Gordon Appleman, a lawyer in Fort Worth and a former chairman of the Chancellor’s Council, a donor group, said he hopes the regents keep McRaven on the job. “He brings credibility and innovative thought and courage to the job that’s absolutely needed,” he said.
As for the Houston initiative, Appleman noted that Harvard University is planning a data science center. “It’s the kind of visionary, bold thing McRaven promised when he took the job,” he said.
McRaven has acknowledged that he should have briefed lawmakers on his Houston plan before announcing it. Insiders say he also needs to improve his communication with regents, some of whom didn’t learn about the Houston initiative until a day before it was announced publicly.
There’s no doubt that with his 37-year military career, capped by a stint as commander of all U.S. special operations forces, plus his booming voice and penchant for declarative sentences, McRaven comes across as a force to be reckoned with. He likely could line up a corporate gig that would pay more than the $1.9 million he receives annually as chancellor.
Not surprisingly in light of his résumé, national and international security issues fall comfortably into his wheelhouse.
“He’s been a real help in recruiting top scholars and policymakers with expertise in this realm. UT-Austin was already pretty strong in national security policy before he became chancellor, but he has taken us to the next level and certainly raised our profile in Washington, D.C., as well,” said William Inboden, executive director of the university’s Clements Center for National Security.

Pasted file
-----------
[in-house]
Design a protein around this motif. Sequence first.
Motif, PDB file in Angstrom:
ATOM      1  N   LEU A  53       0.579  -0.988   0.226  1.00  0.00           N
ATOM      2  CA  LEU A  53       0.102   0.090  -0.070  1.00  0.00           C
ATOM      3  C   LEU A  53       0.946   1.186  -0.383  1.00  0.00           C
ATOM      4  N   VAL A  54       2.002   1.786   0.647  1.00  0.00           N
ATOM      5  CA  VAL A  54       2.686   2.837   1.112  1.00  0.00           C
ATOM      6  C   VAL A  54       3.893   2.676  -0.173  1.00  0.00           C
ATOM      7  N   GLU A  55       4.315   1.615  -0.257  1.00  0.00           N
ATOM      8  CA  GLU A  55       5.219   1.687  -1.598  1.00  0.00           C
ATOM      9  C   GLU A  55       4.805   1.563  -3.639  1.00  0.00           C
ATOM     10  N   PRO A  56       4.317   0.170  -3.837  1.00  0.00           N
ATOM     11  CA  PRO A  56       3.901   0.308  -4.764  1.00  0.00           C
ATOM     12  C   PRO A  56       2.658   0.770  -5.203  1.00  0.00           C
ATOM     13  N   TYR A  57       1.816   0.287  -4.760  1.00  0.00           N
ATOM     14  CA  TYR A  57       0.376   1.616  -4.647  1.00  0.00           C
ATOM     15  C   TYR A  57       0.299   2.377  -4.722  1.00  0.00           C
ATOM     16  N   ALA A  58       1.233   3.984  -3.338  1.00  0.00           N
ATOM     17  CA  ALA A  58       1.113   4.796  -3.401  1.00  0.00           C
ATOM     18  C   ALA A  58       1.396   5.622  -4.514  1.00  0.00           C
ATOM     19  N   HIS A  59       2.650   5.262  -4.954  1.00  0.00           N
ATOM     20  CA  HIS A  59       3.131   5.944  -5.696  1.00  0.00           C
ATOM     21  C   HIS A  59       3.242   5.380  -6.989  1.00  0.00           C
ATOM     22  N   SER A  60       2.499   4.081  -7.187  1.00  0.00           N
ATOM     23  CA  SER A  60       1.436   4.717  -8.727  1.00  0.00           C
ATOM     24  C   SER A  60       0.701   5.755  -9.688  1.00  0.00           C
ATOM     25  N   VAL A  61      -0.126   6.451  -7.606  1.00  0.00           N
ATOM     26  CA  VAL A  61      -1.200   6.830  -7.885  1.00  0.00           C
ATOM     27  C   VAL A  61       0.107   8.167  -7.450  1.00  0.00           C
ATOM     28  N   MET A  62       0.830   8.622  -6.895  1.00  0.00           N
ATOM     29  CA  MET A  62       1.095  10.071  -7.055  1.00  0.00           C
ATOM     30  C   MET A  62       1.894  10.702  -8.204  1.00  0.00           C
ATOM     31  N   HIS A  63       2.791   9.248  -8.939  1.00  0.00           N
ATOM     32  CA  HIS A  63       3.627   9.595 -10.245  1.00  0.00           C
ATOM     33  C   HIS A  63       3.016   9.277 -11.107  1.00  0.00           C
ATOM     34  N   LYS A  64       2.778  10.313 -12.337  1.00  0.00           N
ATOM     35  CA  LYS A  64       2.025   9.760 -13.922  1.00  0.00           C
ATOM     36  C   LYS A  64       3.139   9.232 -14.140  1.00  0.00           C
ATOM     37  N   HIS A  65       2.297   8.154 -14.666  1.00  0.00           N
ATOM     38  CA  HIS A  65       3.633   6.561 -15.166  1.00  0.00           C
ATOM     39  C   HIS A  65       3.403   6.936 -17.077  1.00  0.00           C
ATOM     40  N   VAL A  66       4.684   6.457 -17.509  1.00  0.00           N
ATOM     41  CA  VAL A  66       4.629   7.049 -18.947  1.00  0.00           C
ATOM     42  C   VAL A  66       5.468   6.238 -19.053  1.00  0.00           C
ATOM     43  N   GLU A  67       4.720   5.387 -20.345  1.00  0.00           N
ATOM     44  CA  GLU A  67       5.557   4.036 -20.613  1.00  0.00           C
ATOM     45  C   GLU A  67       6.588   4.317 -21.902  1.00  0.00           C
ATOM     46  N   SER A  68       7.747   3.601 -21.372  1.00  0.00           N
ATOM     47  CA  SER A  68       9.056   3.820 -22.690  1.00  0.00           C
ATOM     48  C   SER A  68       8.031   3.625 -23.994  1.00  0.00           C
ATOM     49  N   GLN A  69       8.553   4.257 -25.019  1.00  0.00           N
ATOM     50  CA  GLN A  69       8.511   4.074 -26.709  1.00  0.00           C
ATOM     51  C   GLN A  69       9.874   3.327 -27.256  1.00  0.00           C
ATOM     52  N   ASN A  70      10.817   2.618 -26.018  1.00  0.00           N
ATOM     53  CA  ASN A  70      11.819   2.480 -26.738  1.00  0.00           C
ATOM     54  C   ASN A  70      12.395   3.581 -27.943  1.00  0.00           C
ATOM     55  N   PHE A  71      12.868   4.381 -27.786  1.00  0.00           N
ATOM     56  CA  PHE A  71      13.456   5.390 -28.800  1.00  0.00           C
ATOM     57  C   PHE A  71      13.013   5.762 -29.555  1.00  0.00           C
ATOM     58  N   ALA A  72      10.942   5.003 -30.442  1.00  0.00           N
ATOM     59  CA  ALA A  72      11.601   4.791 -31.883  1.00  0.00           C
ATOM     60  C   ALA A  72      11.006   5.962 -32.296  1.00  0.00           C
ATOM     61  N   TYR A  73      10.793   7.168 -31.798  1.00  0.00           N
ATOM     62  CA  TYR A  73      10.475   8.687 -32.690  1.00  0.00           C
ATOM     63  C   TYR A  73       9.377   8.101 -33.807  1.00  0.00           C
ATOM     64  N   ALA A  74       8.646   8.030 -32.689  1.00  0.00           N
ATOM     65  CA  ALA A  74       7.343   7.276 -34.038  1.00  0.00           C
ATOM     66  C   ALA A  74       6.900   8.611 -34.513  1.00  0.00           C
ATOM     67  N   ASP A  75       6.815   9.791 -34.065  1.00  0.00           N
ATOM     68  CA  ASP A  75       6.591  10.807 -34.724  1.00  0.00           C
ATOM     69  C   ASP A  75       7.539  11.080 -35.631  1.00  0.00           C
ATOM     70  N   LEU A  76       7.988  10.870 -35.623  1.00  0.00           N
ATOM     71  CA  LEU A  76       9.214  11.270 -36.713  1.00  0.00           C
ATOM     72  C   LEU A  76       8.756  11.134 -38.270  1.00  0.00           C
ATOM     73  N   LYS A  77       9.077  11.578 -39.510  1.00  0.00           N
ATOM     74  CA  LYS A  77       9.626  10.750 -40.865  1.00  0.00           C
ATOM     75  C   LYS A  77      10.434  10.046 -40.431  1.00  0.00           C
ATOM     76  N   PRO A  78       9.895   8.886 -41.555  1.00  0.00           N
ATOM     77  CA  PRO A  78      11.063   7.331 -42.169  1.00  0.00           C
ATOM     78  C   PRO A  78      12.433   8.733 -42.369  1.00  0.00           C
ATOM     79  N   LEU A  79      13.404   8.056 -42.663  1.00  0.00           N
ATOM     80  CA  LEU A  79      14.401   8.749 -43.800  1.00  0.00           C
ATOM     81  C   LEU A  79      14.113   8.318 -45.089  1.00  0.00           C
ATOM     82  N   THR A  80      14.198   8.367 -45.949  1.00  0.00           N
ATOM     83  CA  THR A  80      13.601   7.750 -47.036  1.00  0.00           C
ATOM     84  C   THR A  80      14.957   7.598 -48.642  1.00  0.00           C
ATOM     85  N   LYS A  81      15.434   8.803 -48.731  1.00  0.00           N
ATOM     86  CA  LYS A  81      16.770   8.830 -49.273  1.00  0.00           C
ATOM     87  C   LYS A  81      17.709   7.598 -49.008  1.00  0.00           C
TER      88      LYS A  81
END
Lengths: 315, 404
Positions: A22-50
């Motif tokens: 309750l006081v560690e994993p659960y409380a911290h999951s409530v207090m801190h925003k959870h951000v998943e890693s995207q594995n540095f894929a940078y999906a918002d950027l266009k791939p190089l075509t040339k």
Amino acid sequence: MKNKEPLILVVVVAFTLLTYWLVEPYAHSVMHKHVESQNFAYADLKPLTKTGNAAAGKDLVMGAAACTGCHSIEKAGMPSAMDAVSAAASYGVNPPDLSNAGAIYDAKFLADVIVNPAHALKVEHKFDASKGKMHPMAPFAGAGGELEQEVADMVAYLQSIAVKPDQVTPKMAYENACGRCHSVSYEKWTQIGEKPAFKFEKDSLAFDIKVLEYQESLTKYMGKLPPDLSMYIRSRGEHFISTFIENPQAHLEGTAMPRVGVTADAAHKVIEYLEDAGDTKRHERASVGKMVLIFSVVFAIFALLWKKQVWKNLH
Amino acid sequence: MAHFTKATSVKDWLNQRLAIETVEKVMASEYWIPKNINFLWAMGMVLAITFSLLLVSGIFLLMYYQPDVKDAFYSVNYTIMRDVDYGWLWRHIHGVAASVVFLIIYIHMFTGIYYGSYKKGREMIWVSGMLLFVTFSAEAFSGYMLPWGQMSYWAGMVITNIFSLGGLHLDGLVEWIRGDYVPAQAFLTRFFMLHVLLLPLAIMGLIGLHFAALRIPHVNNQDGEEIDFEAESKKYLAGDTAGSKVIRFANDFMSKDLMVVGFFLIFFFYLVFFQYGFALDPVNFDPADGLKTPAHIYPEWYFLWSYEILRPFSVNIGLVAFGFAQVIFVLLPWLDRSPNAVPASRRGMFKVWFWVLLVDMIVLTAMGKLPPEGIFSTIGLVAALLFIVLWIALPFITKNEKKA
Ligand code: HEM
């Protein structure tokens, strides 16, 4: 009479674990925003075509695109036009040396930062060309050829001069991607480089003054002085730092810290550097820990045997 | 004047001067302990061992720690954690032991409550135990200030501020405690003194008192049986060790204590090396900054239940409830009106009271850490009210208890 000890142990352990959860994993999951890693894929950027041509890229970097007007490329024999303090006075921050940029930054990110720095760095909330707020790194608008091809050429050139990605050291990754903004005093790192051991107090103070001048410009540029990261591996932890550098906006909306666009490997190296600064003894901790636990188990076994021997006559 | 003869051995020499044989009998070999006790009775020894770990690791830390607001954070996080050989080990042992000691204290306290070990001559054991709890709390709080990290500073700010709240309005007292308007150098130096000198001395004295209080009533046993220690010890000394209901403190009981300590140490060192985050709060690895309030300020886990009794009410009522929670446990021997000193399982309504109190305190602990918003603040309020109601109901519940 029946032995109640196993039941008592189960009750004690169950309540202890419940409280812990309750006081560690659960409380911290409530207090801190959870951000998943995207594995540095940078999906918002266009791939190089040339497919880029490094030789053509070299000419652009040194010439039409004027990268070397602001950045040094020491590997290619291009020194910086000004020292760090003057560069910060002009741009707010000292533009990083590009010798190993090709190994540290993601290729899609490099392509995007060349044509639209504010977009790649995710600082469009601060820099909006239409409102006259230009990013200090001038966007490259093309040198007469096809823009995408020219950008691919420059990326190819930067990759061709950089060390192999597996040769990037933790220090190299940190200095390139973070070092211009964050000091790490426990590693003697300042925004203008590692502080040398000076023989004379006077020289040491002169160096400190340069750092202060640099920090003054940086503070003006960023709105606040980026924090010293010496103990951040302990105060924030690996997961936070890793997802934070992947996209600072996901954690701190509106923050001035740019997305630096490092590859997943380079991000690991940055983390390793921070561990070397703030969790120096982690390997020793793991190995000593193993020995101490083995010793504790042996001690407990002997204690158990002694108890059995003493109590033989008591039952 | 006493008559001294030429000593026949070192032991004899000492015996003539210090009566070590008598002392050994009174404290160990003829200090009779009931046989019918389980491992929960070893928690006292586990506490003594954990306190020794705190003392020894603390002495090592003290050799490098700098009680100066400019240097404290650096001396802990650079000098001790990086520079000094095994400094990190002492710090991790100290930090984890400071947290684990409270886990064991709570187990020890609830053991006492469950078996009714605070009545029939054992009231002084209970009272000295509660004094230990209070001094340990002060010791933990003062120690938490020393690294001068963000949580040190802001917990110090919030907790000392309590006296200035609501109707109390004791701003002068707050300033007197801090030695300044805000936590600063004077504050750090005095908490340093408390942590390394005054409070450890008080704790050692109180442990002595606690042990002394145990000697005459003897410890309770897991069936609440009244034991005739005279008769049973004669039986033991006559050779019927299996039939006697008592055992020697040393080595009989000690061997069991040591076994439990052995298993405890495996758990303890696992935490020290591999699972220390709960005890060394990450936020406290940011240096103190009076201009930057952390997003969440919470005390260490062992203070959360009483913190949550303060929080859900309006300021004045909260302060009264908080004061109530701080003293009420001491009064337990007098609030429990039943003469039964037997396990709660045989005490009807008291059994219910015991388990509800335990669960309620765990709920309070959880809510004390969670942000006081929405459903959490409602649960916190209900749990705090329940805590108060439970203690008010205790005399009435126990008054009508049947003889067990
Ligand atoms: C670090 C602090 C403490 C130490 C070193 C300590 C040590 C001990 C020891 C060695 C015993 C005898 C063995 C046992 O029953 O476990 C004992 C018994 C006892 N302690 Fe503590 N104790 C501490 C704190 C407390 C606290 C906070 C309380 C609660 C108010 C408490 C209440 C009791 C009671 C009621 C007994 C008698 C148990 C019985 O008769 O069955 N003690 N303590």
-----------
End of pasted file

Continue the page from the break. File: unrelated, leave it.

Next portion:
Perhaps at some risk to how he is perceived in red-state Texas, McRaven hasn’t been shy about speaking out on political dust-ups. In February, he said that President Donald Trump’s description of the media as “the enemy of the American people” must be challenged and that “this sentiment may be the greatest threat to democracy in my lifetime.”
He has stood up for students who were brought illegally into the country as children, for the Paris climate accord, which Trump has rejected, and for former FBI Director James Comey.
Whether the Board of Regents’ retreat, which is scheduled for Wednesday and Thursday at the Hotel Granduca Austin in West Lake Hills, will resolve uncertainty about McRaven’s continued employment remains to be seen. One well-placed source framed the issue this way: “The question is, can he and will he retool to respond to a new way of looking at the system and its component institutions?”
Most insiders think the answer is yes. Perhaps they’ve read the 10th and final chapter of McRaven’s book, titled “Never, Ever Quit!”